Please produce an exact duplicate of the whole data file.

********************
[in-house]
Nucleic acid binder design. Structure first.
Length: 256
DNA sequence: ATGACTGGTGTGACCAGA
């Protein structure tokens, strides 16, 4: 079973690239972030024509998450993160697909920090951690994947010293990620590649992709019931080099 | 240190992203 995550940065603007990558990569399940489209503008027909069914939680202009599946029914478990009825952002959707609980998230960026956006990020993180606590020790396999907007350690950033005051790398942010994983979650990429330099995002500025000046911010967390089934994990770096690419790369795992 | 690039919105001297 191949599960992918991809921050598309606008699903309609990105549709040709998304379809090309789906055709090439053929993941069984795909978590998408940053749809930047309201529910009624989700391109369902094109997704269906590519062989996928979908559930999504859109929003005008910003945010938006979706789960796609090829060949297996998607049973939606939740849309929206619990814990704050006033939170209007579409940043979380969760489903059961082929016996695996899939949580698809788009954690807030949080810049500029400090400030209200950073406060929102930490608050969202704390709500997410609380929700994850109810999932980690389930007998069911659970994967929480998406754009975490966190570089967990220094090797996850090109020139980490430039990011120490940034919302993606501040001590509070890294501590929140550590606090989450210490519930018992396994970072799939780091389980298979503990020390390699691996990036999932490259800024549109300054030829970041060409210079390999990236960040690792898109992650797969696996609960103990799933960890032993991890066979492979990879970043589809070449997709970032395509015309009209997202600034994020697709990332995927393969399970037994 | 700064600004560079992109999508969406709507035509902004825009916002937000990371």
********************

[in-house]
Nucleic acid binder design. Structure first.
Length: 256
DNA sequence: ATGACTGGTGTGACCAGA
């Protein structure tokens, strides 16, 4: 079973690239972030024509998450993160697909920090951690994947010293990620590649992709019931080099 | 240190992203 995550940065603007990558990569399940489209503008027909069914939680202009599946029914478990009825952002959707609980998230960026956006990020993180606590020790396999907007350690950033005051790398942010994983979650990429330099995002500025000046911010967390089934994990770096690419790369795992 | 690039919105001297 191949599960992918991809921050598309606008699903309609990105549709040709998304379809090309789906055709090439053929993941069984795909978590998408940053749809930047309201529910009624989700391109369902094109997704269906590519062989996928979908559930999504859109929003005008910003945010938006979706789960796609090829060949297996998607049973939606939740849309929206619990814990704050006033939170209007579409940043979380969760489903059961082929016996695996899939949580698809788009954690807030949080810049500029400090400030209200950073406060929102930490608050969202704390709500997410609380929700994850109810999932980690389930007998069911659970994967929480998406754009975490966190570089967990220094090797996850090109020139980490430039990011120490940034919302993606501040001590509070890294501590929140550590606090989450210490519930018992396994970072799939780091389980298979503990020390390699691996990036999932490259800024549109300054030829970041060409210079390999990236960040690792898109992650797969696996609960103990799933960890032993991890066979492979990879970043589809070449997709970032395509015309009209997202600034994020697709990332995927393969399970037994 | 700064600004560079992109999508969406709507035509902004825009916002937000990371």